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02.01.08

Novell’s Role in a Microsoft Strategy to Sideline GNU/Linux (Updated)

Posted in GNU/Linux, Interoperability, Microsoft, Novell, Patents, SLES/SLED, Virtualisation at 11:28 pm by Dr. Roy Schestowitz

In the “Town Of Mirrors”, there is nobody more omnipresent than self. And that, you see, is the situation up there in Redmond, Washington, which is virtually a town of mirrors.

Submitted to LinuxToday by Jeff 'Microsoft' Gould (on the face of it), the following image shows how badly Microsoft treats competition. Microsoft puts itself at the centre of the world and tries to push GNU/Linux out of it. Here is how Mary Jo Foley puts it:

Microsoft is looking at open-source software (OSS) as just another flavor of independent software vendors (ISV) software. Microsoft’s goal is to convince OSS vendors to port their software to Windows. But Microsoft doesn’t want OSS software to just sit on top of Windows; the company wants this software to be tied into the Windows ecosystem by integrating with Active Directory, Microsoft Office, Expression designer tools, System Center systems-management wares and SQL Server database.

In cases where customers and software vendors want/need Linux to still be part of the picture for some reason, Microsoft will suggest they use Hyper-V, its forthcoming virtualization hypervisor, to run Linux and Linux-dependent applications.

Several points come to mind. Among them:

  1. With Hyper-V and the Novell deal, Microsoft hopes to make Linux a ‘slave’ (VM guest, not host). We covered this many times before and offered quotes confirming it, including ones from Ron Hovsepian.
  2. The aspiration to bring all open source software to Windows was mentioned explicitly by Steve Ballmer back in October. Recall the recent Apache story.

In the past 24 hours alone we showed at least two new examples where Microsoft uses Novell. These include:

“It’s easier to crush a single company than an entity which is widely distributed.”It is truly appalling to find that some companies still adopt SLES and SLED, even in places software patents are not legal. Companies that adopt Novell’s SUSE are rather foolish. They get absolutely nothing in return and they receive nothing extra apart from ‘tax’ for mythical patents and unsubstantiated patent claims. “Interoperability” is just a decoy. There is nothing missing in other offerings. It’s like offering a buyer aura along with a plasma ball.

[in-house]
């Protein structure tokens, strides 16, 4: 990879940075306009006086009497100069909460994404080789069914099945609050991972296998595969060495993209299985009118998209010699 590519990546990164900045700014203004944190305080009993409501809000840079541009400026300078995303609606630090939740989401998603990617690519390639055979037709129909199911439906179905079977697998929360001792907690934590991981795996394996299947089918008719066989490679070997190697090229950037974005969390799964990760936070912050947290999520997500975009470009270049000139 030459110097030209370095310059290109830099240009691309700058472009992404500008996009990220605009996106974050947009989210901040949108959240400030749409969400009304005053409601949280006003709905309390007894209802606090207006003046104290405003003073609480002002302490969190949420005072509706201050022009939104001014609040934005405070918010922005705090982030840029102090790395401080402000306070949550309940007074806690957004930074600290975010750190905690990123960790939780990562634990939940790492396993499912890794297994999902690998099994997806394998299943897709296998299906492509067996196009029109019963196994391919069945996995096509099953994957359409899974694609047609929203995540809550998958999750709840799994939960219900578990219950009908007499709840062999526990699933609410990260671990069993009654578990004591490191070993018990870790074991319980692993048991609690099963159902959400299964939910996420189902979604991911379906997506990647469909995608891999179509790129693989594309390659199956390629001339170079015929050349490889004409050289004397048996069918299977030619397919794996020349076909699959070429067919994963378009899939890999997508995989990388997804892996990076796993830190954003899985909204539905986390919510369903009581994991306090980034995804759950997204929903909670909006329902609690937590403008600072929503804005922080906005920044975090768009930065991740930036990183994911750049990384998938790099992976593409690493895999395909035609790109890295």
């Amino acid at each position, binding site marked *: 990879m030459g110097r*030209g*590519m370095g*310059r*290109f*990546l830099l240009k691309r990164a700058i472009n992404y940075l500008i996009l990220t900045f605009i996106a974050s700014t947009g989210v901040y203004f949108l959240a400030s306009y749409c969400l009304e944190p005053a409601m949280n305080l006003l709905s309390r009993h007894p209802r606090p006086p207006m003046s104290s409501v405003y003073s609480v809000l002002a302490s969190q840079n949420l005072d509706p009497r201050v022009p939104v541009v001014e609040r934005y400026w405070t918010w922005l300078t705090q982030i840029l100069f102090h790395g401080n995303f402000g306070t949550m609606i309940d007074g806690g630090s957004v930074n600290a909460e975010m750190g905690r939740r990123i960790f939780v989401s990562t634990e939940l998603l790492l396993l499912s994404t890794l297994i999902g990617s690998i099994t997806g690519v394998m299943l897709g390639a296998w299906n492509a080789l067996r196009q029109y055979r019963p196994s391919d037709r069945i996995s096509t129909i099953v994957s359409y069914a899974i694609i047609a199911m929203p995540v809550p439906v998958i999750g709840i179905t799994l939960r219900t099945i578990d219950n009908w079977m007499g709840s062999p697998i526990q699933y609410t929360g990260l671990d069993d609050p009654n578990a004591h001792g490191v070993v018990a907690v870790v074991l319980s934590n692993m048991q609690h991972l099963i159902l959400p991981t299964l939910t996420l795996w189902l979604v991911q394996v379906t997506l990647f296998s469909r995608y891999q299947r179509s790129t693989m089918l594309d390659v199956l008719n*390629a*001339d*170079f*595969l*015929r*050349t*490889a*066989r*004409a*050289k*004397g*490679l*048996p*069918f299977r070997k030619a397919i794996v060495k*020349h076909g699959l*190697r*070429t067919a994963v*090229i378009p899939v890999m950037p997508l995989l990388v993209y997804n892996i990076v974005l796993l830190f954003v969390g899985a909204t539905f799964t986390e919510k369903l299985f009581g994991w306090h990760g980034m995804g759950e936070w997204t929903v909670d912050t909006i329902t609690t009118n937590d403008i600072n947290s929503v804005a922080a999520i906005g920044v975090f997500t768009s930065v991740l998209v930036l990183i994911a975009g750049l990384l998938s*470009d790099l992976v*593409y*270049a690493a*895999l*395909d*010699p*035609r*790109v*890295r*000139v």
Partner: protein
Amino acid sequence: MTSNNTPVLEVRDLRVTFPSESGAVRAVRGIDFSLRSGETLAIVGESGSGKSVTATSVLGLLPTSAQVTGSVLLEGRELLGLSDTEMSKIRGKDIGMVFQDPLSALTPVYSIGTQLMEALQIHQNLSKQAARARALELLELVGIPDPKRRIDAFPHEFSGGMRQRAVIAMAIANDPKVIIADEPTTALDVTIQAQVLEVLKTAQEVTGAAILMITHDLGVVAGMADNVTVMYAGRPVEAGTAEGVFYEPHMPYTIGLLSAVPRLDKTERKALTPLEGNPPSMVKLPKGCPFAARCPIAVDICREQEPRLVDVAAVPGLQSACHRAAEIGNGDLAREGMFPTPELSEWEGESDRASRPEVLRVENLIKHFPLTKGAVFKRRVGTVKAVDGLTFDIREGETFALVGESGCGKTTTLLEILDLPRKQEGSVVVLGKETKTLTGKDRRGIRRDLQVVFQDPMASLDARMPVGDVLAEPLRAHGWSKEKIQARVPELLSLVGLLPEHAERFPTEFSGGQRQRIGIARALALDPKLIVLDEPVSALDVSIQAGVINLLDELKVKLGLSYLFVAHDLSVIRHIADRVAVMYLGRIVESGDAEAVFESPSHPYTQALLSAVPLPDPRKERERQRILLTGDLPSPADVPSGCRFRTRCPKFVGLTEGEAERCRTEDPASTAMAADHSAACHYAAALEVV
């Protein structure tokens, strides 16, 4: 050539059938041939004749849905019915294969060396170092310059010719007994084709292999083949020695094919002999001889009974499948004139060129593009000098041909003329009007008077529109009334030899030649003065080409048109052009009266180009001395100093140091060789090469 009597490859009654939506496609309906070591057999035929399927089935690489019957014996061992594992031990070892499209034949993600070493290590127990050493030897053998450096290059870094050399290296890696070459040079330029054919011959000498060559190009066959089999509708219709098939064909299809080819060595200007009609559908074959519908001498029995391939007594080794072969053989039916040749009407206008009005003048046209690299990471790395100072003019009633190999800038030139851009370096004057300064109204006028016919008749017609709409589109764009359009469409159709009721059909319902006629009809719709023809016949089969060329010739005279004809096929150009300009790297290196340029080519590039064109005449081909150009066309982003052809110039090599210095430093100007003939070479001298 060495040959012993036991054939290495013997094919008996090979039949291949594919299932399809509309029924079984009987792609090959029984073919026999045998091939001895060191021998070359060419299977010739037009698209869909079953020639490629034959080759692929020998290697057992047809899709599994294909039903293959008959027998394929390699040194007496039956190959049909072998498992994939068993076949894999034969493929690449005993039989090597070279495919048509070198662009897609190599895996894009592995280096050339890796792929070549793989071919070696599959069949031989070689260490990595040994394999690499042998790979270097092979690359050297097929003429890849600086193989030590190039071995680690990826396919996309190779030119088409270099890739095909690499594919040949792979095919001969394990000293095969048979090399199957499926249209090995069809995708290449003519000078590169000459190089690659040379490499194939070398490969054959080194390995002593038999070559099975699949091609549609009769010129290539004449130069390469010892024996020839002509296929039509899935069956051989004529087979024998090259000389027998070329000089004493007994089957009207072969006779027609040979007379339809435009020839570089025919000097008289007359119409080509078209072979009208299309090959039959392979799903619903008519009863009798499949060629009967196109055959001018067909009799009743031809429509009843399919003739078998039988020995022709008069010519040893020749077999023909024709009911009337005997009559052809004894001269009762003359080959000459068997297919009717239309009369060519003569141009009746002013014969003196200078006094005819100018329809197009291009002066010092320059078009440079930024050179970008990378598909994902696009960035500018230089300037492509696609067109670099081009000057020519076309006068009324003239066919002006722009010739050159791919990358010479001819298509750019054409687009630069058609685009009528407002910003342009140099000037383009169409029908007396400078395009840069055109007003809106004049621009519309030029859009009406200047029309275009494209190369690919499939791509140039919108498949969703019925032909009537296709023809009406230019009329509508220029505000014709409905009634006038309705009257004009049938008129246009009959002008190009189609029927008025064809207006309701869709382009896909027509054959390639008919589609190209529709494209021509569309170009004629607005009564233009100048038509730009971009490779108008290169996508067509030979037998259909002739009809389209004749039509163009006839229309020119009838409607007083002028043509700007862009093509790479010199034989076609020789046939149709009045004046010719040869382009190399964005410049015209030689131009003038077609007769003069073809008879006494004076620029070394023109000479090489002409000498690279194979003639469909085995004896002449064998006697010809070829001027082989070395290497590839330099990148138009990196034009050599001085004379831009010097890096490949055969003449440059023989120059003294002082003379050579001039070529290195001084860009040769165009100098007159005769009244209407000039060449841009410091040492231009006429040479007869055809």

Disinformation and ignorance in this area is astounding. The Redmond/Waltham hypnosis machine has had some people believe they get something extra from Novell. Well, that is perhaps what one gets when Bill Gates and Microsoft literally own a lot of the media, so they send messages advocating SLED/S, for which Microsoft gets paid handsomely. They advocate it at the expense of other Linux offerings whose sales Microsoft is not paid for. Microsoft tries to suffocate everything but Novell et al. It’s easier to crush a single company than an entity which is widely distributed.

One day people will realise and grasp the truth. We already know all about SCO.

Update: You may also wish to see Matt Asay’s coverage of this and, in particular, his interpretation of the disturbing strategy chart.

Microsoft and open source: Welcome to the Borg?

[...]

As it turns out, it’s very similar to Microsoft’s general partner strategy: embrace and envelope. (Or embrace, extend, and extinguish, as used to be Microsoft’s marching orders.)